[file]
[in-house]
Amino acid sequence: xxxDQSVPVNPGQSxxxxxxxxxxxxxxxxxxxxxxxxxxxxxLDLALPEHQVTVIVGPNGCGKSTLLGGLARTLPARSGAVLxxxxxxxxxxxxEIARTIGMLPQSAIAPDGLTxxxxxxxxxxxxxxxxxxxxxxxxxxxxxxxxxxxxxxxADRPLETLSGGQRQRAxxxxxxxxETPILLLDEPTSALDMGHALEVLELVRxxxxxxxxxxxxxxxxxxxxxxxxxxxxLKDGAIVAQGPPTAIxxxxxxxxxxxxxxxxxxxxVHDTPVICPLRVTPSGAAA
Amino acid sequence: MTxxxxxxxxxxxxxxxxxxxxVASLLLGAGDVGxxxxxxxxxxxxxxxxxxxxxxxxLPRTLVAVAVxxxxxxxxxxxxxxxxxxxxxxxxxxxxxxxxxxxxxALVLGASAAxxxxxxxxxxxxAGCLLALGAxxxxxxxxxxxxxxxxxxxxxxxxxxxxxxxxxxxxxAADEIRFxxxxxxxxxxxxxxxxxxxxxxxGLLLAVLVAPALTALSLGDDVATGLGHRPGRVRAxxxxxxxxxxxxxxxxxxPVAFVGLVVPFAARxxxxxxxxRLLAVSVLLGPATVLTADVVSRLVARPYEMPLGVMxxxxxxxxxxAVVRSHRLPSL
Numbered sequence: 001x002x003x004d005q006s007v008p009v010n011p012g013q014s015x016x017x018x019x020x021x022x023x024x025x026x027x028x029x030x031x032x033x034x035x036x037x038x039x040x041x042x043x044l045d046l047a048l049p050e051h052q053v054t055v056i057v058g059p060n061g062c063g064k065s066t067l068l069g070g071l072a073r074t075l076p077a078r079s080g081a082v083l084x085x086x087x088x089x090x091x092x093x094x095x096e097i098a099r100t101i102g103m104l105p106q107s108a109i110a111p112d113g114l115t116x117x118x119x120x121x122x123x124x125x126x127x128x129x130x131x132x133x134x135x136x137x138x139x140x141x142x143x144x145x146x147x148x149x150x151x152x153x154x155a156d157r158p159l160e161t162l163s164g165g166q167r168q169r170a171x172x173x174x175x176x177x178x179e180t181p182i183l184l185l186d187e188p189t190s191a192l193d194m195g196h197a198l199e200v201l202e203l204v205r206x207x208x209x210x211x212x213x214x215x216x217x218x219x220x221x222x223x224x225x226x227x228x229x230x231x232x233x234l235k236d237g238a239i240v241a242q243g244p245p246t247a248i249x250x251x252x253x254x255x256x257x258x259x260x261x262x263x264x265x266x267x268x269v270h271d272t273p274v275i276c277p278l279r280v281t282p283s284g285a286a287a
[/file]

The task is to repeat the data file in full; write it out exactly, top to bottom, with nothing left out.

[in-house]
Amino acid sequence: xxxDQSVPVNPGQSxxxxxxxxxxxxxxxxxxxxxxxxxxxxxLDLALPEHQVTVIVGPNGCGKSTLLGGLARTLPARSGAVLxxxxxxxxxxxxEIARTIGMLPQSAIAPDGLTxxxxxxxxxxxxxxxxxxxxxxxxxxxxxxxxxxxxxxxADRPLETLSGGQRQRAxxxxxxxxETPILLLDEPTSALDMGHALEVLELVRxxxxxxxxxxxxxxxxxxxxxxxxxxxxLKDGAIVAQGPPTAIxxxxxxxxxxxxxxxxxxxxVHDTPVICPLRVTPSGAAA
Amino acid sequence: MTxxxxxxxxxxxxxxxxxxxxVASLLLGAGDVGxxxxxxxxxxxxxxxxxxxxxxxxLPRTLVAVAVxxxxxxxxxxxxxxxxxxxxxxxxxxxxxxxxxxxxxALVLGASAAxxxxxxxxxxxxAGCLLALGAxxxxxxxxxxxxxxxxxxxxxxxxxxxxxxxxxxxxxAADEIRFxxxxxxxxxxxxxxxxxxxxxxxGLLLAVLVAPALTALSLGDDVATGLGHRPGRVRAxxxxxxxxxxxxxxxxxxPVAFVGLVVPFAARxxxxxxxxRLLAVSVLLGPATVLTADVVSRLVARPYEMPLGVMxxxxxxxxxxAVVRSHRLPSL
Numbered sequence: 001x002x003x004d005q006s007v008p009v010n011p012g013q014s015x016x017x018x019x020x021x022x023x024x025x026x027x028x029x030x031x032x033x034x035x036x037x038x039x040x041x042x043x044l045d046l047a048l049p050e051h052q053v054t055v056i057v058g059p060n061g062c063g064k065s066t067l068l069g070g071l072a073r074t075l076p077a078r079s080g081a082v083l084x085x086x087x088x089x090x091x092x093x094x095x096e097i098a099r100t101i102g103m104l105p106q107s108a109i110a111p112d113g114l115t116x117x118x119x120x121x122x123x124x125x126x127x128x129x130x131x132x133x134x135x136x137x138x139x140x141x142x143x144x145x146x147x148x149x150x151x152x153x154x155a156d157r158p159l160e161t162l163s164g165g166q167r168q169r170a171x172x173x174x175x176x177x178x179e180t181p182i183l184l185l186d187e188p189t190s191a192l193d194m195g196h197a198l199e200v201l202e203l204v205r206x207x208x209x210x211x212x213x214x215x216x217x218x219x220x221x222x223x224x225x226x227x228x229x230x231x232x233x234l235k236d237g238a239i240v241a242q243g244p245p246t247a248i249x250x251x252x253x254x255x256x257x258x259x260x261x262x263x264x265x266x267x268x269v270h271d272t273p274v275i276c277p278l279r280v281t282p283s284g285a286a287a